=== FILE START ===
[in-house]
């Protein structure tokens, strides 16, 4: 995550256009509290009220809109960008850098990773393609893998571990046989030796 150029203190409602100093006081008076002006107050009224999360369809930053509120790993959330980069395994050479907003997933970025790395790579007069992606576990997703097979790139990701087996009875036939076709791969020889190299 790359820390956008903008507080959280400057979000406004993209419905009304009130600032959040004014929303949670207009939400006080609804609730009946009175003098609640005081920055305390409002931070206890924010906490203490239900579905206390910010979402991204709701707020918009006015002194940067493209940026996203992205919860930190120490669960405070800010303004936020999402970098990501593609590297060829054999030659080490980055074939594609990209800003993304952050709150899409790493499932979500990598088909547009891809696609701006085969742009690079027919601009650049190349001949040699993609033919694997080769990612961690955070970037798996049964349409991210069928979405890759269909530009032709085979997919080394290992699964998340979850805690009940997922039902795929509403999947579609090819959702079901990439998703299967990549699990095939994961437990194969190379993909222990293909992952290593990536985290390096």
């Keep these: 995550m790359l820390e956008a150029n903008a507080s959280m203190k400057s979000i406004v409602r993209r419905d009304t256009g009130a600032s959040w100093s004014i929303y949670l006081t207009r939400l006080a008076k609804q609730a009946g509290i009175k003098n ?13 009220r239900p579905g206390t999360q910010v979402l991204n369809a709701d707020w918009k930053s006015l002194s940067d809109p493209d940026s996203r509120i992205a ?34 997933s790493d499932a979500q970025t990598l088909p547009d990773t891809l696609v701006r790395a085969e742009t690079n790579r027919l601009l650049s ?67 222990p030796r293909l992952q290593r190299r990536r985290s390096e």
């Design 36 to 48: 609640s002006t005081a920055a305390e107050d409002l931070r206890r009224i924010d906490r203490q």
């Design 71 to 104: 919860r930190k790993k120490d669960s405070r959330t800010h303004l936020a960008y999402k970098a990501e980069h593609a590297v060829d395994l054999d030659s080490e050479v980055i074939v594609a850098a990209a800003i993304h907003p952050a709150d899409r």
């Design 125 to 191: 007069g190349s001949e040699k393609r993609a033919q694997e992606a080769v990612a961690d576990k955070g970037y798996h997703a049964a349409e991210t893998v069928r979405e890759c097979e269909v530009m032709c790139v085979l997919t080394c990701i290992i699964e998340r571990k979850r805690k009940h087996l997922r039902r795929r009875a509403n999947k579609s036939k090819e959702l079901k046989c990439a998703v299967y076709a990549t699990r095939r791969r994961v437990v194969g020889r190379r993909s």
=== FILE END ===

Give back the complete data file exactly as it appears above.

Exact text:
[in-house]
């Protein structure tokens, strides 16, 4: 995550256009509290009220809109960008850098990773393609893998571990046989030796 150029203190409602100093006081008076002006107050009224999360369809930053509120790993959330980069395994050479907003997933970025790395790579007069992606576990997703097979790139990701087996009875036939076709791969020889190299 790359820390956008903008507080959280400057979000406004993209419905009304009130600032959040004014929303949670207009939400006080609804609730009946009175003098609640005081920055305390409002931070206890924010906490203490239900579905206390910010979402991204709701707020918009006015002194940067493209940026996203992205919860930190120490669960405070800010303004936020999402970098990501593609590297060829054999030659080490980055074939594609990209800003993304952050709150899409790493499932979500990598088909547009891809696609701006085969742009690079027919601009650049190349001949040699993609033919694997080769990612961690955070970037798996049964349409991210069928979405890759269909530009032709085979997919080394290992699964998340979850805690009940997922039902795929509403999947579609090819959702079901990439998703299967990549699990095939994961437990194969190379993909222990293909992952290593990536985290390096």
């Keep these: 995550m790359l820390e956008a150029n903008a507080s959280m203190k400057s979000i406004v409602r993209r419905d009304t256009g009130a600032s959040w100093s004014i929303y949670l006081t207009r939400l006080a008076k609804q609730a009946g509290i009175k003098n ?13 009220r239900p579905g206390t999360q910010v979402l991204n369809a709701d707020w918009k930053s006015l002194s940067d809109p493209d940026s996203r509120i992205a ?34 997933s790493d499932a979500q970025t990598l088909p547009d990773t891809l696609v701006r790395a085969e742009t690079n790579r027919l601009l650049s ?67 222990p030796r293909l992952q290593r190299r990536r985290s390096e």
């Design 36 to 48: 609640s002006t005081a920055a305390e107050d409002l931070r206890r009224i924010d906490r203490q």
């Design 71 to 104: 919860r930190k790993k120490d669960s405070r959330t800010h303004l936020a960008y999402k970098a990501e980069h593609a590297v060829d395994l054999d030659s080490e050479v980055i074939v594609a850098a990209a800003i993304h907003p952050a709150d899409r």
């Design 125 to 191: 007069g190349s001949e040699k393609r993609a033919q694997e992606a080769v990612a961690d576990k955070g970037y798996h997703a049964a349409e991210t893998v069928r979405e890759c097979e269909v530009m032709c790139v085979l997919t080394c990701i290992i699964e998340r571990k979850r805690k009940h087996l997922r039902r795929r009875a509403n999947k579609s036939k090819e959702l079901k046989c990439a998703v299967y076709a990549t699990r095939r791969r994961v437990v194969g020889r190379r993909s």